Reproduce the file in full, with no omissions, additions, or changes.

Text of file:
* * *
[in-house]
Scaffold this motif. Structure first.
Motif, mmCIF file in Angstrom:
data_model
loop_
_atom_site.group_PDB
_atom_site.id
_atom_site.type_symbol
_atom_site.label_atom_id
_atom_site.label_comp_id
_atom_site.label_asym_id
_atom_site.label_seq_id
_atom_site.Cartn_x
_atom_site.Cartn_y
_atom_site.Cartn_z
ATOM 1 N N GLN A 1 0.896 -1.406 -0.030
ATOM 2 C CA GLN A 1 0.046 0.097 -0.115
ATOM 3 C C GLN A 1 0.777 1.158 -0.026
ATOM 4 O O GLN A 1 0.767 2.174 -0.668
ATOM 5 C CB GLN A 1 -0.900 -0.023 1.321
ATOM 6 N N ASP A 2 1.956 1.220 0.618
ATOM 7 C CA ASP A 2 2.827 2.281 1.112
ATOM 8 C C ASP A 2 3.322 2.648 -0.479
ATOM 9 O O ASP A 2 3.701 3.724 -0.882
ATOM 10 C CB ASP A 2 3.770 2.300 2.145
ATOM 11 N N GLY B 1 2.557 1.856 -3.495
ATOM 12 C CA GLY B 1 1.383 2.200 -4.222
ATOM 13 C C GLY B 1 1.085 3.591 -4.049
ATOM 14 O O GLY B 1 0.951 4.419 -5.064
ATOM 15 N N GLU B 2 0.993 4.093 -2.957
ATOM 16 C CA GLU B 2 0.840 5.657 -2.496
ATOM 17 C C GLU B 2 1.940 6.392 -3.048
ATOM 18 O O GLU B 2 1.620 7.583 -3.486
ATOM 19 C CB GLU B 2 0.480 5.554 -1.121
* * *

[in-house]
Scaffold this motif. Structure first.
Motif, mmCIF file in Angstrom:
data_model
loop_
_atom_site.group_PDB
_atom_site.id
_atom_site.type_symbol
_atom_site.label_atom_id
_atom_site.label_comp_id
_atom_site.label_asym_id
_atom_site.label_seq_id
_atom_site.Cartn_x
_atom_site.Cartn_y
_atom_site.Cartn_z
ATOM 1 N N GLN A 1 0.896 -1.406 -0.030
ATOM 2 C CA GLN A 1 0.046 0.097 -0.115
ATOM 3 C C GLN A 1 0.777 1.158 -0.026
ATOM 4 O O GLN A 1 0.767 2.174 -0.668
ATOM 5 C CB GLN A 1 -0.900 -0.023 1.321
ATOM 6 N N ASP A 2 1.956 1.220 0.618
ATOM 7 C CA ASP A 2 2.827 2.281 1.112
ATOM 8 C C ASP A 2 3.322 2.648 -0.479
ATOM 9 O O ASP A 2 3.701 3.724 -0.882
ATOM 10 C CB ASP A 2 3.770 2.300 2.145
ATOM 11 N N GLY B 1 2.557 1.856 -3.495
ATOM 12 C CA GLY B 1 1.383 2.200 -4.222
ATOM 13 C C GLY B 1 1.085 3.591 -4.049
ATOM 14 O O GLY B 1 0.951 4.419 -5.064
ATOM 15 N N GLU B 2 0.993 4.093 -2.957
ATOM 16 C CA GLU B 2 0.840 5.657 -2.496
ATOM 17 C C GLU B 2 1.940 6.392 -3.048
ATOM 18 O O GLU B 2 1.620 7.583 -3.486
ATOM 19 C CB GLU B 2 0.480 5.554 -1.121